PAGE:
Direct stimulation of ERBB2 highlights a novel cytostatic signaling pathway driven by the receptor Thr701 phosphorylation

Marco Gaviraghi, Andrea Rabellino, Annapaola Andolfo, Matthias Brand, Chiara Brombin, Paola Bagnato, Giuseppina De Feudis, Andrea Raimondi, Alberta Locatelli, Daniela Tosoni, Davide Mazza, Luca Gianni, Giovanni Tonon, Yosef Yarden, Carlo Tacchetti, Tiziana Daniele

Research output: Contribution to journalArticlepeer-review

Abstract

ERBB2 is a ligand-less tyrosine kinase receptor expressed at very low levels in normal tissues; when overexpressed, it is involved in malignant transformation and tumorigenesis in several carcinomas. In cancer cells, ERBB2 represents the preferred partner of other members of the ERBB receptor family, leading to stronger oncogenic signals, by promoting both ERK and AKT activation. The identification of the specific signaling downstream of ERBB2 has been impaired by the lack of a ligand and of an efficient way to selectively activate the receptor. In this paper, we found that antibodies (Abs) targeting different epitopes on the ERBB2 extracellular domain foster the activation of ERBB2 homodimers, and surprisingly induce a unique cytostatic signaling cascade promoting an ERK-dependent ERBB2 Thr701 phosphorylation, leading to AKT de-phosphorylation, via PP2A Ser/Thr phosphatases. Furthermore, the immunophilin Cyclophilin A plays a crucial role in this pathway, acting as a negative modulator of AKT de-phosphorylation, possibly by competing with Ser/Thr phosphatases for binding to AKT. Altogether, our data show that Ab recognizing ERBB2 extracellular domain function as receptor agonists, promoting ERBB2 homodimer activation, leading to an anti-proliferative signaling. Thus, the ultimate outcome of ERBB2 activity might depend on the dimerization status: pro-oncogenic in the hetero-, and anti-oncogenic in the homo-dimeric form.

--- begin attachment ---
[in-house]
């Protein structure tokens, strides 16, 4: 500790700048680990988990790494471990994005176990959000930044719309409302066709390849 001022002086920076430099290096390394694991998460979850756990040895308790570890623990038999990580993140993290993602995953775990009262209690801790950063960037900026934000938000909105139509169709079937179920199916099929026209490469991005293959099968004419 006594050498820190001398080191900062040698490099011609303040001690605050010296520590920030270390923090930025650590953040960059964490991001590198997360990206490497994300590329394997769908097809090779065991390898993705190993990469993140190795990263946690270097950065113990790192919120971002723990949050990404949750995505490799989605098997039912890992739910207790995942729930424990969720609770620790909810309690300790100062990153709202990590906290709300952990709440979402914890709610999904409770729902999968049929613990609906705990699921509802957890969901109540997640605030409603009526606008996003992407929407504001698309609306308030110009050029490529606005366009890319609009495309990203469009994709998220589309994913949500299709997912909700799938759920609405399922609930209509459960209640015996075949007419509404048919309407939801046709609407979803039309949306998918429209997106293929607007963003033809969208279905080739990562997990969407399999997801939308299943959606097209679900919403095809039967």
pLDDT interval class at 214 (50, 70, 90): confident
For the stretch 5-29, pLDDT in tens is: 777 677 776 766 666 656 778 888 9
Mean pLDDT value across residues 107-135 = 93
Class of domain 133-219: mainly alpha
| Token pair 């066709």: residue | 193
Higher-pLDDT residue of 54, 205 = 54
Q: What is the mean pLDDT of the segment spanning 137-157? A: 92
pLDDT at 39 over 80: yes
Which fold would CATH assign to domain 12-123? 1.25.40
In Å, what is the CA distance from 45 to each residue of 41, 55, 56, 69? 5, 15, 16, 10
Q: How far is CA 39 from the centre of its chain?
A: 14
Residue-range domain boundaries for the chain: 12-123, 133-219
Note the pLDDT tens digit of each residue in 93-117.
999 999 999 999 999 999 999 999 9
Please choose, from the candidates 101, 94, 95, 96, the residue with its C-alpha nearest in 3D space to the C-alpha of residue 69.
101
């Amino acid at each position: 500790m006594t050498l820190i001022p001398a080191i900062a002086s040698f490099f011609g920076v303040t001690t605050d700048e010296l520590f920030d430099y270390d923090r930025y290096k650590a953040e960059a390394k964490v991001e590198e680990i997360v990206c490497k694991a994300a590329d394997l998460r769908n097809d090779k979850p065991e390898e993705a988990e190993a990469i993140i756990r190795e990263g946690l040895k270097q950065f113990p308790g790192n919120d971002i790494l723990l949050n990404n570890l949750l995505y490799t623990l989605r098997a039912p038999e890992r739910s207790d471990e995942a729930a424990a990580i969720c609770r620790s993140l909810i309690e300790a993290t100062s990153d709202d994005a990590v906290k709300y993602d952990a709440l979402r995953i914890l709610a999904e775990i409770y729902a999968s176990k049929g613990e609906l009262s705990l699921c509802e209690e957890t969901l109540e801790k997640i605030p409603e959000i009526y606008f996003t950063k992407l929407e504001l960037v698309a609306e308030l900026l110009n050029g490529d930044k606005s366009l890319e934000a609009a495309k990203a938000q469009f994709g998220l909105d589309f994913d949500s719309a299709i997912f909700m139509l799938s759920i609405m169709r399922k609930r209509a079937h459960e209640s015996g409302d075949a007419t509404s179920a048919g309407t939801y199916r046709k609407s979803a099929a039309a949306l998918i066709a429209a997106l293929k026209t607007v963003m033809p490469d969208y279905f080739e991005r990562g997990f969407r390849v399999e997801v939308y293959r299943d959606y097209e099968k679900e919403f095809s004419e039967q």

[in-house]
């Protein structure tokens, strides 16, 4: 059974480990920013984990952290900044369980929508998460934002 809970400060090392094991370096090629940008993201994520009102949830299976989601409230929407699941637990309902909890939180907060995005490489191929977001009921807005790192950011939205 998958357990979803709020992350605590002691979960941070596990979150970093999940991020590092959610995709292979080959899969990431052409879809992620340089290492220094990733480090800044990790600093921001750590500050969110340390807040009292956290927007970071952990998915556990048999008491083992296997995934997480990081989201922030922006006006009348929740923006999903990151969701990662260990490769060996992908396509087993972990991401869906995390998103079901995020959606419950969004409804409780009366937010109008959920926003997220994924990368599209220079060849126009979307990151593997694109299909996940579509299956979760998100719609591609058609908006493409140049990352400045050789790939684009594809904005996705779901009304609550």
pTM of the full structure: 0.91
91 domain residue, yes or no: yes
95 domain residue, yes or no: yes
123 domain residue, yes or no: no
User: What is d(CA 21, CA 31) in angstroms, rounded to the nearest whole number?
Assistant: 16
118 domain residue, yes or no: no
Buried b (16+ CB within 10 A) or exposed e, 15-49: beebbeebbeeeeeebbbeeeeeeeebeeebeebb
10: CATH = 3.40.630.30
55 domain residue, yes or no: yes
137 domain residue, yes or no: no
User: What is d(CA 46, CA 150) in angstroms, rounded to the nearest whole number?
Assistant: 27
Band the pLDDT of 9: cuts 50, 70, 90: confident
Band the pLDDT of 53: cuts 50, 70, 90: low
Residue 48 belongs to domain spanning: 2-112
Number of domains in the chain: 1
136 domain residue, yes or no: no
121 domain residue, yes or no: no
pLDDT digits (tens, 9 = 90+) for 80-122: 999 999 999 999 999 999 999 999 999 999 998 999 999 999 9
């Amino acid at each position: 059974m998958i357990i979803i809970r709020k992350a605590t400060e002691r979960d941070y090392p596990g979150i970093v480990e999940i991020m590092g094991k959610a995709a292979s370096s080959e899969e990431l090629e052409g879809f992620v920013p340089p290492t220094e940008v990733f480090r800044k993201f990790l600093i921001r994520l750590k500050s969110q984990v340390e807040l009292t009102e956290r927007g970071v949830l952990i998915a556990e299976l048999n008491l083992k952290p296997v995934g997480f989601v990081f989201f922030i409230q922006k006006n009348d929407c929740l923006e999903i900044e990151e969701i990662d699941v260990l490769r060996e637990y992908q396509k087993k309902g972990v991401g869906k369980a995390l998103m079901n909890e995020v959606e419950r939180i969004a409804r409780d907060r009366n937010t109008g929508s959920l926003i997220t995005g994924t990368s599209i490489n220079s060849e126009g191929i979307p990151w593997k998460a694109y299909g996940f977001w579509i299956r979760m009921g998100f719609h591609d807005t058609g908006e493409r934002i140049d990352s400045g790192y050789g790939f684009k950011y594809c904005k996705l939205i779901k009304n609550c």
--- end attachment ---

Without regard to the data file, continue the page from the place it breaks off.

Original languageEnglish
Article number16906
JournalScientific Reports
Volume10
Issue number1
DOIs
Publication statusPublished - Dec 1 2020

ASJC Scopus subject areas

  • General

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